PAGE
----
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I'm pretty new to Bayesian statistics so hopefully this makes sense:

I'm fitting a Bayesian ridge regression using scikit-learn whose target values lie between 0 and 1. When the point values (the mean of the predicted distribution) are compared to the observed (gold) point values, MAPE, WAPE, and r^2 look good. But when I generate predictions with the standard deviation of their distributions, the standard deviations are often large. For instance, I'll get a prediction like 0.01 -- good when compared to the expected value -- along with a standard deviation of 1.78.

Obviously, such a large standard deviation indicates a large amount of uncertainty around the predicted mean, and therefore more work needs to be done on the model to increase certainty. However, I had no indication of this since MAPE, WAPE, and r^2 on the predicted mean don't provide insight into this.

What other metrics should I be looking at here?

Possibly related:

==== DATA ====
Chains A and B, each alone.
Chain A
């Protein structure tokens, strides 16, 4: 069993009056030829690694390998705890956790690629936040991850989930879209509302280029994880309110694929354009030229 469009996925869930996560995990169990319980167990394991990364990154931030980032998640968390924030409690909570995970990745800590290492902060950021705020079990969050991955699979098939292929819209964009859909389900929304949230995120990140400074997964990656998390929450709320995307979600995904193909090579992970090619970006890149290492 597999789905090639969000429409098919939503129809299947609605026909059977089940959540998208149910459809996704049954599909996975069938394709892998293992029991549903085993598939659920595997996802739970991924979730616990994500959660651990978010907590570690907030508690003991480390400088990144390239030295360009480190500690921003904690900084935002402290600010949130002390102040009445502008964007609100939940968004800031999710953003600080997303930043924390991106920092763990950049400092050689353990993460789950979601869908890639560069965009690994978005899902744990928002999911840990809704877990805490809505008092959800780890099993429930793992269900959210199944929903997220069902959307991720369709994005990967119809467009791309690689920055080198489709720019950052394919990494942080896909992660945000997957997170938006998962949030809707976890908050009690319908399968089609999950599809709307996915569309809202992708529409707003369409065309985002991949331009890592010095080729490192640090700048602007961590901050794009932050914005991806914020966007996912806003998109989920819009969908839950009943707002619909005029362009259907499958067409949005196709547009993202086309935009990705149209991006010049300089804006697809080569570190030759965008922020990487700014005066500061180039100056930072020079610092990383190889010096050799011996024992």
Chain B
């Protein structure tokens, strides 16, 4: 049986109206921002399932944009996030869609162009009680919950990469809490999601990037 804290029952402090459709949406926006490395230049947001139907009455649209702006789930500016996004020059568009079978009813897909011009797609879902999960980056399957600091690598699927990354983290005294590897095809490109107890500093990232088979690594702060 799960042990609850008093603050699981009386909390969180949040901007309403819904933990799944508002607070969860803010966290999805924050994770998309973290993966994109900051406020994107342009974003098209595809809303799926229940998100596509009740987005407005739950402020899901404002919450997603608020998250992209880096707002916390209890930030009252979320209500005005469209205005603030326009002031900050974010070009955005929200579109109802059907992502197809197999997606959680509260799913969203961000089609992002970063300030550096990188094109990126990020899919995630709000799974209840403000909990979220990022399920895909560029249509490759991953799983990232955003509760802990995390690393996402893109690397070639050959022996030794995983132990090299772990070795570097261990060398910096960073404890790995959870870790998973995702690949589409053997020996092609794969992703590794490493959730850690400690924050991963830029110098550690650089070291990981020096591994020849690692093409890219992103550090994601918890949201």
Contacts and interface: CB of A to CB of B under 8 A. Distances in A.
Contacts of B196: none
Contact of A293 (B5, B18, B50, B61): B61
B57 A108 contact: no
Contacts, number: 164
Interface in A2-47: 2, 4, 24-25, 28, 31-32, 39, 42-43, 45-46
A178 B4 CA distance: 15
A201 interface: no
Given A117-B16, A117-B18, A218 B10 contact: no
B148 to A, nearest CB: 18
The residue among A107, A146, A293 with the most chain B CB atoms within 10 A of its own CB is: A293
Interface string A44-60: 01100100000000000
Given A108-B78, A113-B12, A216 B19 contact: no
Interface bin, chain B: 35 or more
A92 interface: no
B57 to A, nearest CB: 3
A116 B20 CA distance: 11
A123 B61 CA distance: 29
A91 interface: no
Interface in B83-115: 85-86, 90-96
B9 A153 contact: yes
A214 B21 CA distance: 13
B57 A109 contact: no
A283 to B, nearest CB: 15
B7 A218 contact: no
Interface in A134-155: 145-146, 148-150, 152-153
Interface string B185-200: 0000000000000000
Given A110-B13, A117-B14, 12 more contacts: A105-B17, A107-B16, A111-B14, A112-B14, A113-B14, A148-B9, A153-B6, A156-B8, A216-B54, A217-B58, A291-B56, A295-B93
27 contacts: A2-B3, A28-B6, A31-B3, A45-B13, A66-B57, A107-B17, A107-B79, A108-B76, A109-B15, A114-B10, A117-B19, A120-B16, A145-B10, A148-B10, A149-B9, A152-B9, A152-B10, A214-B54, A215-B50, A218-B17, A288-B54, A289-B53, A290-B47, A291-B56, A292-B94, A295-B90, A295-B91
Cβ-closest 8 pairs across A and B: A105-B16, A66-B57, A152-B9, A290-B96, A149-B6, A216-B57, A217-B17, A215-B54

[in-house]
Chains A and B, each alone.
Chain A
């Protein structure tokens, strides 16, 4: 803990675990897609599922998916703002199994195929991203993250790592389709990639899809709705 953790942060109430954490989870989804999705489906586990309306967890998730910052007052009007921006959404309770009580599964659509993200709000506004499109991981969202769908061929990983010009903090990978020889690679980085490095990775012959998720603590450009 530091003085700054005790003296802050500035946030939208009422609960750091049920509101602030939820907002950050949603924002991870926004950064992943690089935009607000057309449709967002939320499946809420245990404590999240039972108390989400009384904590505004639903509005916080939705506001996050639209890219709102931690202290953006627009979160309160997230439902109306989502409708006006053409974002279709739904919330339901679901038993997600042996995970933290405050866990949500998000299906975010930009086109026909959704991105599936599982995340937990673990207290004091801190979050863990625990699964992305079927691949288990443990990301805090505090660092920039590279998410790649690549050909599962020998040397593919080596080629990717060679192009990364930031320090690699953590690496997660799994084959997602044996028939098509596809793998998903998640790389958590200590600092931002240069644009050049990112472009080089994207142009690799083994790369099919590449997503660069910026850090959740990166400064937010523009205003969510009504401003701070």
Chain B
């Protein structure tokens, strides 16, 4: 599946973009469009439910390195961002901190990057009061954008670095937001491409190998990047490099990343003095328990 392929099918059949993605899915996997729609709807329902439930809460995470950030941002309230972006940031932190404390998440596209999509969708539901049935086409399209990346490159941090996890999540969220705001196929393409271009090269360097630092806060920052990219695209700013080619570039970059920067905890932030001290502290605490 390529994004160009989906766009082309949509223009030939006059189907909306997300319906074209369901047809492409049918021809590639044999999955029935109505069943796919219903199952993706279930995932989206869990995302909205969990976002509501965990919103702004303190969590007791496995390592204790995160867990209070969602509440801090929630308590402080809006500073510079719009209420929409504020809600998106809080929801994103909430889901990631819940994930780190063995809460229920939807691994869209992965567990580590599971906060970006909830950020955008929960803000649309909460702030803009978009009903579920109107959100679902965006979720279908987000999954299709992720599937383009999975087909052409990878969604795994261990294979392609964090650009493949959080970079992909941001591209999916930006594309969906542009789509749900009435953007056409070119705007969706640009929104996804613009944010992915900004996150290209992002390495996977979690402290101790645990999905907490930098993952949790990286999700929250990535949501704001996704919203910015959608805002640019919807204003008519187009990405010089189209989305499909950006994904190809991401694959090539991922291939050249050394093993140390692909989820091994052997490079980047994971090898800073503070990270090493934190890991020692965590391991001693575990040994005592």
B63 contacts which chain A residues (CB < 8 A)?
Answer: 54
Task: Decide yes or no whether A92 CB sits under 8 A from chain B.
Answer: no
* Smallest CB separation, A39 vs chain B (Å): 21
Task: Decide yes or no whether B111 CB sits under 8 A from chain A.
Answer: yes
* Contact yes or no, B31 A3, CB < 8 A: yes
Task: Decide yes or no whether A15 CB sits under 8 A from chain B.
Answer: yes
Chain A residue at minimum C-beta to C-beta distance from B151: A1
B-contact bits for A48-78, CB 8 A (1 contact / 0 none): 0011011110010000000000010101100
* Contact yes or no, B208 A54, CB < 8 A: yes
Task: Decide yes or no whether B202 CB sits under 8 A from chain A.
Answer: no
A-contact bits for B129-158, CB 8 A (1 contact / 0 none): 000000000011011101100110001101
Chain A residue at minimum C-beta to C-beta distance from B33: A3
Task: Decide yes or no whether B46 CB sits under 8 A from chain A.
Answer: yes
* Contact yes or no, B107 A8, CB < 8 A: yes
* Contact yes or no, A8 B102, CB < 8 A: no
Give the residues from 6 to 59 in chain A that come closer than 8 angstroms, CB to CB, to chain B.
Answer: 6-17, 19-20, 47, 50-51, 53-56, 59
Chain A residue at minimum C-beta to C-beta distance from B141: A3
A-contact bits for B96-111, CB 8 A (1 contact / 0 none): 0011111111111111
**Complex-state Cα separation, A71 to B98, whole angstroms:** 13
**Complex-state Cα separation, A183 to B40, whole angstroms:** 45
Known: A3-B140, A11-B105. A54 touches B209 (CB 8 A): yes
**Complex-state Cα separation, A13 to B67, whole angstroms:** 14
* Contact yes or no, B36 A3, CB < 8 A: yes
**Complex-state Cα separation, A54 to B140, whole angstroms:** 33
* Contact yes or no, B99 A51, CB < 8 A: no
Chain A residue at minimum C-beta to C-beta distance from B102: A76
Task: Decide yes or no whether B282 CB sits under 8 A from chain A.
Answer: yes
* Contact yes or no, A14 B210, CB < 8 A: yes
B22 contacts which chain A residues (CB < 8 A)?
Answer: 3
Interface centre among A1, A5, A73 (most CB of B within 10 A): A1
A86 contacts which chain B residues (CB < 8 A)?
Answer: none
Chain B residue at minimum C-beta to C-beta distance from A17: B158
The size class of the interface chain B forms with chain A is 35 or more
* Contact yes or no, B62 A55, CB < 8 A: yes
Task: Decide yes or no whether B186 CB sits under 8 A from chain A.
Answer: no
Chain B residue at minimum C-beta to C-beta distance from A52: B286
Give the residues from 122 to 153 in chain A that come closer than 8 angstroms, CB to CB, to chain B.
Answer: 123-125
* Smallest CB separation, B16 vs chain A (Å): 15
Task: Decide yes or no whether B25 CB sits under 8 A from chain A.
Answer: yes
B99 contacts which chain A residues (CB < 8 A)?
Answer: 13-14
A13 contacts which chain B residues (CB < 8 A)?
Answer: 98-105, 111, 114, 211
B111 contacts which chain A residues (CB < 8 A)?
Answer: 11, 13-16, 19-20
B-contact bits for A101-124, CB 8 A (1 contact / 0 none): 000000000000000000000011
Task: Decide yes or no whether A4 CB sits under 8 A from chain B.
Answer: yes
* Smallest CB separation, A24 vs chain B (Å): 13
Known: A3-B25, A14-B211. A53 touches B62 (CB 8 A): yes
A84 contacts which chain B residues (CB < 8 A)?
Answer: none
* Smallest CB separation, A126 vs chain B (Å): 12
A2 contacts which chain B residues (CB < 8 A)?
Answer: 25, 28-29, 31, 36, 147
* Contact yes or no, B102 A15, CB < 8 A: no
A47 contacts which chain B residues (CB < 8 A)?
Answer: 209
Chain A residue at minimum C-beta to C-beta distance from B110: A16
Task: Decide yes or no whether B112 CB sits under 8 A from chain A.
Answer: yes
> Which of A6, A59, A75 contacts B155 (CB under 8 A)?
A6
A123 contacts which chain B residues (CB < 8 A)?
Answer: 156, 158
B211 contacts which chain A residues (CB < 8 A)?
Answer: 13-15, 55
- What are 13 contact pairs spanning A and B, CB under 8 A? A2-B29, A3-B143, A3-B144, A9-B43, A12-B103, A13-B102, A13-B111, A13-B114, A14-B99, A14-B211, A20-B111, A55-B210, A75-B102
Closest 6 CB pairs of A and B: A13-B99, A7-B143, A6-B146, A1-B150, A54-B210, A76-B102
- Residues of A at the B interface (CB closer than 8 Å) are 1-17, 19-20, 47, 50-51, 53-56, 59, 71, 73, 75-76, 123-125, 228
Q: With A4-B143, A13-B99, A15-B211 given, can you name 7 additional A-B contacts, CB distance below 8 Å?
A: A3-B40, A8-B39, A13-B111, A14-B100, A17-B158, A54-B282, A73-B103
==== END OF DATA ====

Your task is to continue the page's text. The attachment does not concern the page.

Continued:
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    $\begingroup$ Re "... and therefore more work needs to be done...": that's not so evident. You should expect arbitrarily large SDs no matter how good the model might be when the explanatory values lie far from the data (in the Mahalanobis distance). Could you explain why you think changing the metric might help? $\endgroup$
    – whuber
    Commented Jun 28, 2023 at 14:36
  • $\begingroup$ That makes sense. It's not so much changing the metric, just computing an additional one (or two or three) that conveys potential "problems" with the predicted standard deviations. But it's interesting that you bring up the Mahalanobis distance between the standard deviations and the features as the standard deviations all look to be in the same scaled units of their features... $\endgroup$
    – dmn
    Commented Jun 28, 2023 at 14:56
  • $\begingroup$ Since you're doing ridge regression, you likely have some directions (in the space spanned by the explanatory variables) where the response varies rapidly. If the point at which you're making the prediction has any component in those directions, you can expect to have enormous prediction standard errors (unless you have regularized extremely aggressively). Simply examining the individual SDs won't tell whether that's the case. $\endgroup$
    – whuber
    Commented Jun 28, 2023 at 17:00

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